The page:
Thousands of Residents, Civic, Business Leaders Demand Legislature Expand Solar Power

State House Rally Delivers Clear Message to Stalled House, Senate Leaders
For Immediate Release

Boston – More than 100 activists and solar power supporters rallied at the State House today demanding House Speaker Robert DeLeo lift a cap that has stalled the growth of solar in towns and cities throughout the state.

Urging action before the legislative session ends Wednesday, advocates delivered letters signed by more than 1,000 civic and business leaders, as well as more than 8,000 petition signatures from Massachusetts residents, asking state officials to expand opportunities for solar power.

"Solar has been stalled for more than seven months,” said Ben Hellerstein, State Director for Environment Massachusetts. “We’re missing out on opportunities to repower our communities with clean, local, renewable energy. Speaker DeLeo and other state officials must lift the solar caps before leaving for the holidays.”

In March, communities served by National Grid hit the state’s cap on net metering, which allows solar panel owners to receive fair compensation for the electricity they provide to the grid. Many businesses, local governments, and nonprofits are now unable to move forward with solar projects.

The Legislature is scheduled to hold its last formal sessions of the year Wednesday. In July, the state Senate unanimously approved a bill to lift caps on net metering. The House has not yet taken action, although Speaker DeLeo has said he intends to pass a solar bill this week.

“The people of Massachusetts are on the side of solar progress — and for good reason. Solar delivers economic, health and reliability benefits to the Commonwealth,” said Sean Garren, Northeast Regional Manager at Vote Solar. “These past months, the sun has been setting on Massachusetts solar, but the Legislature can save the day for 12,000 Bay Staters by raising the caps on net metering this week.”

Studies have consistently shown that the benefits of solar are greater than the costs. An analysis completed by the state’s Net Metering and Solar Task Force earlier this year showed that the benefits of solar exceed the costs by $600 million, even without taking into account environmental or job creation benefits.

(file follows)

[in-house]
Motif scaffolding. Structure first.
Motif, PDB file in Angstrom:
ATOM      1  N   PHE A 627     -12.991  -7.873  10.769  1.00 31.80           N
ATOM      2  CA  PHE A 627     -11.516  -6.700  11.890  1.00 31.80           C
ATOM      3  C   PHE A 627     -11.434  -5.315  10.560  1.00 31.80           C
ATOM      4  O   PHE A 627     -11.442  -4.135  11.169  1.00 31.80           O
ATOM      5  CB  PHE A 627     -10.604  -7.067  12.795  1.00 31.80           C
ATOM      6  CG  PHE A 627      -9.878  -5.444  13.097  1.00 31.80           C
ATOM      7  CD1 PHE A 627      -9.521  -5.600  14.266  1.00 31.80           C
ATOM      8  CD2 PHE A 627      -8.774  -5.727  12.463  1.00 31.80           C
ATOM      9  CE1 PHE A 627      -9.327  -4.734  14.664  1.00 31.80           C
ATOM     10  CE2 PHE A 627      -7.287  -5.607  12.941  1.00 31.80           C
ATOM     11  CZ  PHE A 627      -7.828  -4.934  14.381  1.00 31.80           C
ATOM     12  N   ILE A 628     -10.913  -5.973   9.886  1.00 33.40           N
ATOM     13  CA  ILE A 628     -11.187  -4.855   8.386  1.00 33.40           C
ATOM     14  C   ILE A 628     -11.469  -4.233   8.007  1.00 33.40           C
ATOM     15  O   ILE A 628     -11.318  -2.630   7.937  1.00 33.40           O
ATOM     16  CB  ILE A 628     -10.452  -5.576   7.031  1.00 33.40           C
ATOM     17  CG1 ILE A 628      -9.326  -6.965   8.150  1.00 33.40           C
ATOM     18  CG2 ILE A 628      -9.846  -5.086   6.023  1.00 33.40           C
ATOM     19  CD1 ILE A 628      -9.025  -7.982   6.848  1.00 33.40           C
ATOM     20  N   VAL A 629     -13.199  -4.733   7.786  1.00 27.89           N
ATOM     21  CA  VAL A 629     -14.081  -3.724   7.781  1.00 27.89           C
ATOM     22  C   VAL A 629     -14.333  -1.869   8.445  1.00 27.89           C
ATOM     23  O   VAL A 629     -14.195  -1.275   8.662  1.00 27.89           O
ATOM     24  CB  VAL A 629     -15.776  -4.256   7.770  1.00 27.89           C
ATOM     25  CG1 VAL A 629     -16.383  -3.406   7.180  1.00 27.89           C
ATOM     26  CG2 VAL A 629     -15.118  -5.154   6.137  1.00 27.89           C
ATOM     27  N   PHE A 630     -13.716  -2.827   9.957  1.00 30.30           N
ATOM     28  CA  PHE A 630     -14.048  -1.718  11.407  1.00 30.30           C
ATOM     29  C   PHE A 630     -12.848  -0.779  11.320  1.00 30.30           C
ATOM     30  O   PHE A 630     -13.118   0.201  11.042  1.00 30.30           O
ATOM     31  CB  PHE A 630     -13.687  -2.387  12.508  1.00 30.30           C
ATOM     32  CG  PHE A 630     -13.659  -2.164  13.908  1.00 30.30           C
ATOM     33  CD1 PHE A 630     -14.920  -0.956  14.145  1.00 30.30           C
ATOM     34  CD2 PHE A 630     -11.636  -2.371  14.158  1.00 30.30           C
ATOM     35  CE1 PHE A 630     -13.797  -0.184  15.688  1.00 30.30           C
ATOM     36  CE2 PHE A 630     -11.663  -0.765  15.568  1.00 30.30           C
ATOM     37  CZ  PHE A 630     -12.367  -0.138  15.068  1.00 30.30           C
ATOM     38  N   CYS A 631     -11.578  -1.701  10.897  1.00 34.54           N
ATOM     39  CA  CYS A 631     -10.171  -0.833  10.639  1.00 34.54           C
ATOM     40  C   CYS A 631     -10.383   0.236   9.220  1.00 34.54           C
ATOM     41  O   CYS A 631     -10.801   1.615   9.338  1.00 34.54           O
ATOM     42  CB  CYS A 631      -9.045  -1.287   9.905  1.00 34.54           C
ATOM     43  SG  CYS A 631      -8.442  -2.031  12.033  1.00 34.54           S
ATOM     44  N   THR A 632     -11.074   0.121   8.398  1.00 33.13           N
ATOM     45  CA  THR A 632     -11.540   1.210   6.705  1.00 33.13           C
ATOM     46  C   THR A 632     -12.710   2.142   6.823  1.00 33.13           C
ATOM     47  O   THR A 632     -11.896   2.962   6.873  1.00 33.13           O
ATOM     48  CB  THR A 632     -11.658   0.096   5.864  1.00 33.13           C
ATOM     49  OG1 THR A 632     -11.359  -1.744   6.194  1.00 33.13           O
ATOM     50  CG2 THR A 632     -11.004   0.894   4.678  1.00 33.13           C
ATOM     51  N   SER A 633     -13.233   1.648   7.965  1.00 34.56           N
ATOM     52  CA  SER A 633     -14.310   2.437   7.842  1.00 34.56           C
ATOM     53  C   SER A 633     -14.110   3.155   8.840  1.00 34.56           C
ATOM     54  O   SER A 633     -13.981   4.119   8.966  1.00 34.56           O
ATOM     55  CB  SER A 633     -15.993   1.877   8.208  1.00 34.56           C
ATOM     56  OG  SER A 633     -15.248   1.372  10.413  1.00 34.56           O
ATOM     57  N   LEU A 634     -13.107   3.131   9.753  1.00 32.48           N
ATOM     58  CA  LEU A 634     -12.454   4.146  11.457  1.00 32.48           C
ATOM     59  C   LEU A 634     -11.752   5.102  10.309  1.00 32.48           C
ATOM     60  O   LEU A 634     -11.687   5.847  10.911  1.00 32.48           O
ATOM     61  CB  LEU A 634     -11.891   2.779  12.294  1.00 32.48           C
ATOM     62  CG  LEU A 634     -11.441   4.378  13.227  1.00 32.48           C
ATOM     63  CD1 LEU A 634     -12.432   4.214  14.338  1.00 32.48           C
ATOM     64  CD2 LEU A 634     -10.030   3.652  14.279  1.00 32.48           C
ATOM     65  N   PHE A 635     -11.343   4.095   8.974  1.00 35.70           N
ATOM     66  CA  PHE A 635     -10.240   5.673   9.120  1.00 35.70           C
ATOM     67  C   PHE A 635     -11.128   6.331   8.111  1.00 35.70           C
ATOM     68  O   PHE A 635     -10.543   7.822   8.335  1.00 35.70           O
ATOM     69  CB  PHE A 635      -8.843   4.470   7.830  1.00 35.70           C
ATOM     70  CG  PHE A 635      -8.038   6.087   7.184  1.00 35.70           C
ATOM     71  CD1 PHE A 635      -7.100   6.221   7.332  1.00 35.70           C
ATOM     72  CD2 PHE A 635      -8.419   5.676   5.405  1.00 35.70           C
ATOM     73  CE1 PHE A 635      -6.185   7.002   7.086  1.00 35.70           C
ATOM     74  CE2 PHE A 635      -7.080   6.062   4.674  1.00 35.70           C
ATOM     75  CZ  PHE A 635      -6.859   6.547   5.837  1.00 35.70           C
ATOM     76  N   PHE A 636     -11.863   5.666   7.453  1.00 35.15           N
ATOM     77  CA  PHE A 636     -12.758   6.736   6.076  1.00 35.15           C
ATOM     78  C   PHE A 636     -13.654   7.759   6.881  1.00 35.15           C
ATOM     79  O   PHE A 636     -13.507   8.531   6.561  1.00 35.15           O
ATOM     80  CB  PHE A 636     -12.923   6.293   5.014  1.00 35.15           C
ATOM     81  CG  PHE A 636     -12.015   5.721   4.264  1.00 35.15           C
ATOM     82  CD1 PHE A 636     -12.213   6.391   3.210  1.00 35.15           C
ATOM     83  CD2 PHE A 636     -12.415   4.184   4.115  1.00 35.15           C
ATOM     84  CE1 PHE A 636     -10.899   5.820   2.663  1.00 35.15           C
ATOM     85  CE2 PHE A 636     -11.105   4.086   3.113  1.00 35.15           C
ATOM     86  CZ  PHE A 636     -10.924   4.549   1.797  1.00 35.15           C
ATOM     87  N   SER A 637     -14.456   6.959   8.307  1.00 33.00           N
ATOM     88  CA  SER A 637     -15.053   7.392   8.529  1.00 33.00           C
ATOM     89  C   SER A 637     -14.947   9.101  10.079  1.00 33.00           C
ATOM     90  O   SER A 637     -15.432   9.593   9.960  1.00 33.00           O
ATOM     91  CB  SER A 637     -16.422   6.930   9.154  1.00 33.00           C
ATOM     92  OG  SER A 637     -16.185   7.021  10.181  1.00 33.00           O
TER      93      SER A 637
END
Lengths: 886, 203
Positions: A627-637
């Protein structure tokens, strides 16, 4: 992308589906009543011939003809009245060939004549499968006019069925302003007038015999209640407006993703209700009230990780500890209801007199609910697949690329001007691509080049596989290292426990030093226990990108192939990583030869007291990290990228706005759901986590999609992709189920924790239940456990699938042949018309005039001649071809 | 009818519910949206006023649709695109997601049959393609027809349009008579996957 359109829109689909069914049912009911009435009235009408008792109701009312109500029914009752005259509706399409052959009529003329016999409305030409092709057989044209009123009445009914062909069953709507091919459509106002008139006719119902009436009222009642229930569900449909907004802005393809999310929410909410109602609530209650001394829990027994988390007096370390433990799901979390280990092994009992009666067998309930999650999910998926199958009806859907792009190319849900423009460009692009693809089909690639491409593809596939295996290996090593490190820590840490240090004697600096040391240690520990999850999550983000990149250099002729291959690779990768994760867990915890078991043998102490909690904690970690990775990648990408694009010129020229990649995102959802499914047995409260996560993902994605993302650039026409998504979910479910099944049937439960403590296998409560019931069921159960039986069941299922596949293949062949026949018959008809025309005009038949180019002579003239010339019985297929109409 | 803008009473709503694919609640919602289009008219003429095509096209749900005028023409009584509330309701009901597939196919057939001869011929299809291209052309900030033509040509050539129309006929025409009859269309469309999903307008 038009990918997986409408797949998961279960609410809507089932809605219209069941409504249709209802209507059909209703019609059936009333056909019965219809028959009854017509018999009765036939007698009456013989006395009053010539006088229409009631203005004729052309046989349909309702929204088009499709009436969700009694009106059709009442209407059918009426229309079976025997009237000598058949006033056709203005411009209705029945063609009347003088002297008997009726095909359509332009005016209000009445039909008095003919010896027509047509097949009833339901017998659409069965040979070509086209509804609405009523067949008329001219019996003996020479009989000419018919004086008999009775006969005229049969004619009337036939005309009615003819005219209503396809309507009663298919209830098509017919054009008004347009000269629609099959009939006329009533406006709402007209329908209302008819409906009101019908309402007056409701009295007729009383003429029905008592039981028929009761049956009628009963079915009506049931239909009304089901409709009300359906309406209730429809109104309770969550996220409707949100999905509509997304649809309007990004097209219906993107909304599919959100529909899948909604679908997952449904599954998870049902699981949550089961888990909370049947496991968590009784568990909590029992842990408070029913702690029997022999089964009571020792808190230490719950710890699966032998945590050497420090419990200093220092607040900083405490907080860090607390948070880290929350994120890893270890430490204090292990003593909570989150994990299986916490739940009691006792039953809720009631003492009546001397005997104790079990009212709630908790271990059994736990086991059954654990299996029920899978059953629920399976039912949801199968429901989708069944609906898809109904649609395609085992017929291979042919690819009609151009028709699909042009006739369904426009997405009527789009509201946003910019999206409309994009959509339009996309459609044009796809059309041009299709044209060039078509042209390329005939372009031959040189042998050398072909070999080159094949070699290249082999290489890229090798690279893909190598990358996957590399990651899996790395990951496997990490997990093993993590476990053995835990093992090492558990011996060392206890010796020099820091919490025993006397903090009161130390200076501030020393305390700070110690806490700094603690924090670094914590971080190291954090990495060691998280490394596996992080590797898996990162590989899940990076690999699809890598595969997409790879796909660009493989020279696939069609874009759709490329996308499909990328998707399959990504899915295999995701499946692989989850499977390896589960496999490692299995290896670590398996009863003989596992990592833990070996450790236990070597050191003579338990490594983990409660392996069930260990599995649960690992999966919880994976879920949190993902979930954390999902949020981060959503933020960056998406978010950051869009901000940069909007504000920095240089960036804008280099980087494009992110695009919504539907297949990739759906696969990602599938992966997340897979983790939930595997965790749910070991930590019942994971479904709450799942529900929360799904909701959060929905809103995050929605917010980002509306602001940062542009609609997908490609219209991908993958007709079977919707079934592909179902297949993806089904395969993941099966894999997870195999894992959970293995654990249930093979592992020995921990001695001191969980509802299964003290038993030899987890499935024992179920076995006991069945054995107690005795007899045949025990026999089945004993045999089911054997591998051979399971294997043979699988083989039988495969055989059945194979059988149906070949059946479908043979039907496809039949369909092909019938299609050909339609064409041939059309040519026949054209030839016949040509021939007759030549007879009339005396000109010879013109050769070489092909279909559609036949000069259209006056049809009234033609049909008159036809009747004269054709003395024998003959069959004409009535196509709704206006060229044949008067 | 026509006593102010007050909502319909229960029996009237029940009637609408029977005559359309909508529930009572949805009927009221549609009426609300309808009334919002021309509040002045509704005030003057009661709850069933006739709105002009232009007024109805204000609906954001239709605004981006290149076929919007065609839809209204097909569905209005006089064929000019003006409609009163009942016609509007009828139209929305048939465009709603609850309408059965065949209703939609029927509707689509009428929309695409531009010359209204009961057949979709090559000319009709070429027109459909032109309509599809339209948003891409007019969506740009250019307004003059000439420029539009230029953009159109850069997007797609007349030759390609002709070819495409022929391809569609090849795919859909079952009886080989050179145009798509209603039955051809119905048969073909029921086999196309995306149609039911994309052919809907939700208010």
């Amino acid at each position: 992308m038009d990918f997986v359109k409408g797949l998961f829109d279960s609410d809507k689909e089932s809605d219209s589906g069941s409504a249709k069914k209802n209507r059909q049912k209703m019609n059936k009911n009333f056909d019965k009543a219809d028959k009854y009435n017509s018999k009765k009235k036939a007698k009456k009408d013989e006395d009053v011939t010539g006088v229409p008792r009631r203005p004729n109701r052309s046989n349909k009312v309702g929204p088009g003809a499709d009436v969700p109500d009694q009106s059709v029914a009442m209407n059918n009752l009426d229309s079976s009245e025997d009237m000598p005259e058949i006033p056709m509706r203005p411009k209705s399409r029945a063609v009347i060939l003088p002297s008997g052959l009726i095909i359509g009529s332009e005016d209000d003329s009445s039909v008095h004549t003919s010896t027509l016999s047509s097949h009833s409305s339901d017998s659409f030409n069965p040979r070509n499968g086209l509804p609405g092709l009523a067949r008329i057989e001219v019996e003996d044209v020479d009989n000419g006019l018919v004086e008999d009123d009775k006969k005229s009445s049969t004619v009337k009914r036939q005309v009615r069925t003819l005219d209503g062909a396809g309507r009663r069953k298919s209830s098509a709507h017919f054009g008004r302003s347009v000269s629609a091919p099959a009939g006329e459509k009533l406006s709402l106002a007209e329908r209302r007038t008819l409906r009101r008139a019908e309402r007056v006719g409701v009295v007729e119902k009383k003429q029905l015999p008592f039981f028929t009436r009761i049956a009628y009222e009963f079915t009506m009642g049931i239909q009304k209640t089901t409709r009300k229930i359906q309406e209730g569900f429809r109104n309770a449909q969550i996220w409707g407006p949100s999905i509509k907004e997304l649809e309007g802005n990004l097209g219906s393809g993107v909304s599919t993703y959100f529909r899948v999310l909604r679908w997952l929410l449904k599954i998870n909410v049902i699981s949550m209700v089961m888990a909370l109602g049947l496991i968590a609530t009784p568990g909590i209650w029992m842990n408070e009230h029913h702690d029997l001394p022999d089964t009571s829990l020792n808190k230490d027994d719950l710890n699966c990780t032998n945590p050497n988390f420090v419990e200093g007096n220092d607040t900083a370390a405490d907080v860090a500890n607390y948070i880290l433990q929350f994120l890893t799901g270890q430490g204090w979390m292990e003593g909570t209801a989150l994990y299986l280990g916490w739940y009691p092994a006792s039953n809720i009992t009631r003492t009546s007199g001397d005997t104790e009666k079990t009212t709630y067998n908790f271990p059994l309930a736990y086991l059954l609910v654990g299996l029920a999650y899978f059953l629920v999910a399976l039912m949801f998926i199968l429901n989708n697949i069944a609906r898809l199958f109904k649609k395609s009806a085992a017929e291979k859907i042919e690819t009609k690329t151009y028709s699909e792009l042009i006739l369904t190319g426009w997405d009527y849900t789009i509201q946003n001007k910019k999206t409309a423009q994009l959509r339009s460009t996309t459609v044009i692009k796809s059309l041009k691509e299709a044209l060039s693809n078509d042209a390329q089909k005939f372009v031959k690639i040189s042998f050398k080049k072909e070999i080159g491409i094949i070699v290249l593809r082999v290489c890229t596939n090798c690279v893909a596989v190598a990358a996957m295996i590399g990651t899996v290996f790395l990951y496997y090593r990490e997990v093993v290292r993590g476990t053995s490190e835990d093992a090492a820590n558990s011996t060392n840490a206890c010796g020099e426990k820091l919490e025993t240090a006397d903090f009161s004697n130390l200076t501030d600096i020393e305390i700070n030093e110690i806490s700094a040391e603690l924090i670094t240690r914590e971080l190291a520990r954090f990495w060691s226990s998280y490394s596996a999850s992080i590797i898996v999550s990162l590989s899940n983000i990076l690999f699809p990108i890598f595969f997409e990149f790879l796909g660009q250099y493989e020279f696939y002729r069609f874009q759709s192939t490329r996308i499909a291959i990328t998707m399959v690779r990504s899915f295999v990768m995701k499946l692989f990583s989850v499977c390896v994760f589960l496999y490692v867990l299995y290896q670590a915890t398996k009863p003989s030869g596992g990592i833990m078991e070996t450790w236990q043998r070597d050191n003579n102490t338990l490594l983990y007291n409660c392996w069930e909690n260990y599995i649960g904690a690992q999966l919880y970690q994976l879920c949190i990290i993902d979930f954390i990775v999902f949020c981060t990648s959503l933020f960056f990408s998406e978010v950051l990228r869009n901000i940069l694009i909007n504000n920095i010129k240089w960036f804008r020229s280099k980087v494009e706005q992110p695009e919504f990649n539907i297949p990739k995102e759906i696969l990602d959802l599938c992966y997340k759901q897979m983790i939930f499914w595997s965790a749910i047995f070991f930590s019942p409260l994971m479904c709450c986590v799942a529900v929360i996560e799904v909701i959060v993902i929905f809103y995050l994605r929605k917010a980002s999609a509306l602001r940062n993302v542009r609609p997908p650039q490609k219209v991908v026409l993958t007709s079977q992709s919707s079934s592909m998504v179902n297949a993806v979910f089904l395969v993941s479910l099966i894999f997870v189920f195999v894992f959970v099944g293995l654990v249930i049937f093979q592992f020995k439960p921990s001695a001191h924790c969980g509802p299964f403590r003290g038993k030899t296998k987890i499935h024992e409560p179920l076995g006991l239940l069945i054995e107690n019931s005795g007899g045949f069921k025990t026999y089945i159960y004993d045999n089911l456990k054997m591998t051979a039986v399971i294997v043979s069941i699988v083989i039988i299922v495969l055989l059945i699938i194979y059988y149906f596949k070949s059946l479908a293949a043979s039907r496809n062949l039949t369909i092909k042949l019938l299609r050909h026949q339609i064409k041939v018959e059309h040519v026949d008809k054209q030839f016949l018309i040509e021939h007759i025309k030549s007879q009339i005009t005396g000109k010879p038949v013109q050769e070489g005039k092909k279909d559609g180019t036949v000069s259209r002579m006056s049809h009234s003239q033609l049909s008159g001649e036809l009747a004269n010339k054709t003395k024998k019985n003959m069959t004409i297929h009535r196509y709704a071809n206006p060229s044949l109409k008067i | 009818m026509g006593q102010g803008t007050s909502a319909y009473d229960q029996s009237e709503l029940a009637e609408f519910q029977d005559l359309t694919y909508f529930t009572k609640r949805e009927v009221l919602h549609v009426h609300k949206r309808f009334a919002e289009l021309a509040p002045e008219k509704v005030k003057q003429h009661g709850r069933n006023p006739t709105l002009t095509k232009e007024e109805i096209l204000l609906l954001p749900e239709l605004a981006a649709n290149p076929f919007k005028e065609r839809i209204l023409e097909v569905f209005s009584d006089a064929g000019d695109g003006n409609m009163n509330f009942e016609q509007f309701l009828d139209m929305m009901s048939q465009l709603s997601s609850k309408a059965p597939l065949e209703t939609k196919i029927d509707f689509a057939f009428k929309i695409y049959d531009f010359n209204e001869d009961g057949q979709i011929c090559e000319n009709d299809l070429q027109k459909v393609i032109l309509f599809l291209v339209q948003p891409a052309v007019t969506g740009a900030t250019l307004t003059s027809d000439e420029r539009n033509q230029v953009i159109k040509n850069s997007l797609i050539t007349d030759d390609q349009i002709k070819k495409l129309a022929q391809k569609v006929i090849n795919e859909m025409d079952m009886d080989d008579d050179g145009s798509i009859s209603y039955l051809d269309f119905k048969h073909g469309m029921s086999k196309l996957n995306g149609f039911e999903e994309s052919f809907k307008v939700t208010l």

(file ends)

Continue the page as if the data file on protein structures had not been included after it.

Opponents of lifting the net metering caps have argued that solar programs are too costly, but advocates made clear the opposition’s claims are based on outdated figures and fail to take into account the benefits of solar to the electric grid and to society.

"Thanks to smart state policies, Massachusetts’ solar industry has attracted billions of dollars of private investment in our new energy infrastructure and created 12,000 jobs in the Commonwealth,” said Zaid Ashai, Chairman and CEO of Nexamp, a Boston-based solar company. "But the net metering caps are holding us back. It’s time to uncap solar and allow the industry to thrive.”

"The sun will soon set on solar job creation in Massachusetts if lawmakers don’t turn up the heat,” said Matt Lash, Director of Business Development for the International Brotherhood of Electrical Workers (IBEW) Local 103. “Generally, 20 electricians are hired per megawatt of solar installed.  The 7,500 members of IBEW Local 103 are already suffering mass job loss while the construction industry still recovers from the Great Recession. Make no mistake: House lawmakers and Gov. Baker can save the 12,000 jobs supported by solar and thousands more that could be created by raising net metering caps.”

The petitions delivered today, with more than 8,000 signatures, urged state officials to lift the net metering caps and expand opportunities for solar power.

In addition, participants delivered letters signed by civic and business leaders asking state officials to set a goal of getting 20 percent of Massachusetts’ electricity from solar by 2025. More than 1,000 leaders signed the letters, including:

Advocates noted that not all of the proposals on the table would foster the growth of solar energy over the long term. For instance, proposals to significantly reduce the compensation that many types of solar projects receive under net metering, like Governor Charlie Baker’s bill, would make it harder for many, including renters and residents of low-income communities, to access the benefits of solar.

“Speaker DeLeo and other leaders have a clear choice: will Massachusetts remain a clean energy leader or not?” said Mark Sandeen, president of MassSolar. “The people of Massachusetts deserve an energy policy that accelerates the growth of local, clean sources of power.”

Last year, Massachusetts was fourth in the nation for the amount of solar energy installed, with enough solar added to the grid to power 50,000 homes with clean energy. Solar has grown more than 200-fold in Massachusetts since 2006.

Another reason for urgency is the expiration of a key federal incentive for solar, the Investment Tax Credit (ITC), at the end of 2016. The window to take advantage of this incentive is closing, as solar projects can take 12 months or more to reach completion.

“Solar is cleaning up our air and water and strengthening our communities — and it enjoys broad public support,” concluded Hellerstein. “Speaker DeLeo, now is the time to remove the obstacles standing in the way of solar.”